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Drink Review: Bulleit Bourbon

Packaged in an old-style bottle, Bulleit bourbon has developed a loyal following in the decade or so since its arrival on UK shores. The high rye content (around 30%) gives this a spicy kick.

Bulleit Bourbon Whiskey Review:

First off, this is not a smooth whiskey, but one that is positively aromatic. Don’t be put off by the ‘unflavoured’ bottle! The aroma has a great jolt of flavour, with ginger, cut grass, spice, fruit and oak. Definitely present is the oak that we come to expect in whiskey. It smells to me that it is mixed. The nose is beautiful! The note that stands for me is one of grilled meat, and I can imagine the meat to be ribs, or grilled chicken. Taste This is noticeably more viscous than I can recall bourbon to be. The flavour is spicy, almost like the ginger and oak of the nose. It doesn’t have the sweetness that I imagine to be present in a smooth bourbon, which I think is good. Even though it has a distinctive bitterness in the tail, it is not too sharp or bitter, which is good, as in my books the less bitter the better. This bourbon is a good mixer. In my first swig I am greeted with a fresh taste of cedar and oak, the unmistakable scent of bourbon and the additional taste of maybe black pepper? What a cocktail! As the swallow moves down, I am greeted with a sourness of note and the spicy flavours pop again. Its a wet but not an unpleasant swallow, and if you’ve never tried bourbon, it would be a fantastic place to start. Four or five sips is just enough, after that I became a bit ill (had I been blindfolded I likely wouldn’t have noticed).

This is noticeably more viscous than I can recall bourbon to be. The flavour is spicy, almost like the ginger and oak of the nose. It doesn’t have the sweetness that I imagine to be present in a smooth bourbon, which I think is good. Even though it has a distinctive bitterness in the tail, it is not too sharp or bitter, which is good, as in my books the less bitter the better. This bourbon is a good mixer. In my first swig I am greeted with a fresh taste of cedar and oak, the unmistakable scent of bourbon and the additional taste of maybe black pepper? What a cocktail! As the swallow moves down, I am greeted with a sourness of note and the spicy flavours pop again. Its a wet but not an unpleasant swallow, and if you’ve never tried bourbon, it would be a fantastic place to start. Four or five sips is just enough, after that I became a bit ill (had I been blindfolded I likely wouldn’t have noticed). 7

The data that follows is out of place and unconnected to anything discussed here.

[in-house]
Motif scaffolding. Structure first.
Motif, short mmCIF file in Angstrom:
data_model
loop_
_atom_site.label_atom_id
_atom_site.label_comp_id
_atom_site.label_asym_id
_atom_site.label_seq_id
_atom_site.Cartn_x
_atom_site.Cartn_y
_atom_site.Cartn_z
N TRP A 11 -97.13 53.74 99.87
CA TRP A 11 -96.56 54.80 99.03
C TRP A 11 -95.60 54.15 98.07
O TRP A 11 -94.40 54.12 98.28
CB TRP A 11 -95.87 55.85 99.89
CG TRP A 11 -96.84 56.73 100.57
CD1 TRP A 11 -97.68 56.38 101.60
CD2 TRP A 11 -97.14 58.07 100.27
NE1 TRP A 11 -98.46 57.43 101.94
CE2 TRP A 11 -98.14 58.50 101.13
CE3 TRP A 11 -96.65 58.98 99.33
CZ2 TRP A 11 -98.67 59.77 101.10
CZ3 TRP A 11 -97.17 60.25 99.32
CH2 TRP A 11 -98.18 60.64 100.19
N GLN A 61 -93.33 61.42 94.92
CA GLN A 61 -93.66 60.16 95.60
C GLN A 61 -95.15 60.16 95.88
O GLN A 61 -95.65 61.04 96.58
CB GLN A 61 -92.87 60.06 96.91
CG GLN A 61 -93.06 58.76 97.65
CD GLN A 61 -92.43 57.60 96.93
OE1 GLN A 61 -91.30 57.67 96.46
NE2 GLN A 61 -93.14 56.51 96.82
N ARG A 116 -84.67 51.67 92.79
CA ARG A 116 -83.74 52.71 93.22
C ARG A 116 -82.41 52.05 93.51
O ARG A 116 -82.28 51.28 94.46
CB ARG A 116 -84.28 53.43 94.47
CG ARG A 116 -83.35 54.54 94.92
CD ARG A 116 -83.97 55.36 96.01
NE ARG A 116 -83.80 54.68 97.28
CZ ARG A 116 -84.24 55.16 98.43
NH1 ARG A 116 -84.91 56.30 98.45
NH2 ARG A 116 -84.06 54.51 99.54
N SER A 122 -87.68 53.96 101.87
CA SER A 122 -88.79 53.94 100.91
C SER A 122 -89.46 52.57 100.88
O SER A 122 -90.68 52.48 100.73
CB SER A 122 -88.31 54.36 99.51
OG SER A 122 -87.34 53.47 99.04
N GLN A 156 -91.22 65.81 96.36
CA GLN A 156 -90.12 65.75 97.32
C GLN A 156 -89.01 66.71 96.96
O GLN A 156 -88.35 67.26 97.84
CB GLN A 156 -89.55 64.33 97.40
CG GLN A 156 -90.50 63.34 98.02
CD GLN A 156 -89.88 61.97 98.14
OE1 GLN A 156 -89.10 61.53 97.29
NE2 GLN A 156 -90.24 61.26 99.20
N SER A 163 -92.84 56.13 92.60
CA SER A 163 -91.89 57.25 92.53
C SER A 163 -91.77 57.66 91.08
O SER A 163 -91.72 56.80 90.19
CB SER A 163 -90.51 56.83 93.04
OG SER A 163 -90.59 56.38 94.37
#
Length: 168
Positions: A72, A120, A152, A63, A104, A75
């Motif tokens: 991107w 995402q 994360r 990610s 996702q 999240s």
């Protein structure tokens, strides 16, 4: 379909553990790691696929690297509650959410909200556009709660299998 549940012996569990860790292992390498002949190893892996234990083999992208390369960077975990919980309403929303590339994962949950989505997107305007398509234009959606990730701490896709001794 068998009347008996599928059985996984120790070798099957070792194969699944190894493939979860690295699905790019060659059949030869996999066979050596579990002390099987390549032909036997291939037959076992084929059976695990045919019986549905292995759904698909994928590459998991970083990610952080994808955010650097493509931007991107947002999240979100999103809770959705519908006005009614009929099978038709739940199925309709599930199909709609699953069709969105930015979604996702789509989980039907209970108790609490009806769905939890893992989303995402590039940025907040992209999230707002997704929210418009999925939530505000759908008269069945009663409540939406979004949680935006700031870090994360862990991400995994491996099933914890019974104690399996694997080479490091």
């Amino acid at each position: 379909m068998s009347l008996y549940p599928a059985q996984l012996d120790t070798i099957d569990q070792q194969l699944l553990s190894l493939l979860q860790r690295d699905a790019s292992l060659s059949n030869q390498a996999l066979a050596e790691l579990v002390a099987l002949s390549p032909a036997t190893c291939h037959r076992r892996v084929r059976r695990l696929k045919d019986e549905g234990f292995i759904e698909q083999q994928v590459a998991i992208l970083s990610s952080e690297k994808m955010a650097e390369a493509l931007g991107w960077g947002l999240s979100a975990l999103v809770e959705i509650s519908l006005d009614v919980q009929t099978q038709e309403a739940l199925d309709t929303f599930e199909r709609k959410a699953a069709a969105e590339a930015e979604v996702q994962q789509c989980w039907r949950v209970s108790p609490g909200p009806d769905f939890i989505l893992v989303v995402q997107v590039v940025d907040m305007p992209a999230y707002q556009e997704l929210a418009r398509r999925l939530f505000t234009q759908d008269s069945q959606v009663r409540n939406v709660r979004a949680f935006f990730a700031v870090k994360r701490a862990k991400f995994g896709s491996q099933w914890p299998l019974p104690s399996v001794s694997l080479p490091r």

I have to give this a 7. I drank it neat and it is a beautiful mix of spice, lemon, oak and perhaps even a little something like red fruit but this could be wishful thinking. Overall a bit pricey for me, but I can see its appeal. I love the custom bottle, I will probably use the bourbon barrel to store food in.

Bulleit Bourbon Whiskey Review:

I would make people aware that this isn’t a “smooth” whiskey, but it doesn’t have a bad burn either. The bottle is small, so if you are looking for just a few shots, then I wouldn’t buy it.

Bulleit Bourbon Whiskey is surprisingly sophisticated and smooth, especially when matched with heavier dishes.

Bulleit Bourbon Whiskey is undoubtedly one of the best selling products of American whiskey. It is reasonably priced and available in a range of flavours.

Bulleit Bourbon Whiskey Review

Bulleit Bourbon was distilled at the Barton 1792 Distillery in Bardstown, Kentucky and then put into a custom bottle. The owners of the Distillery, Barton 1792, hope to bring this to the UK in the near future.

Bulleit Bourbon is kind of a combination of Old Grand Dad and Old Crow. This makes it one of the best selling whiskies in the US, along with Jim Bean and Knob Creek.

The final flavouring and colouring of the spirit was added by the master distiller from the W.L. Weller Distillery, Joseph L. Barrett, to create the recognizable flavour of American whiskey for the Bulleit Bourbon. He added sugar, water, and a maize-derived additive containing enzymes to the Bourbon to help it keep for a period of time. These were also essential to getting it to be the smooth, colorless, and flavourless spirit it becomes.

Written by Mark Adams

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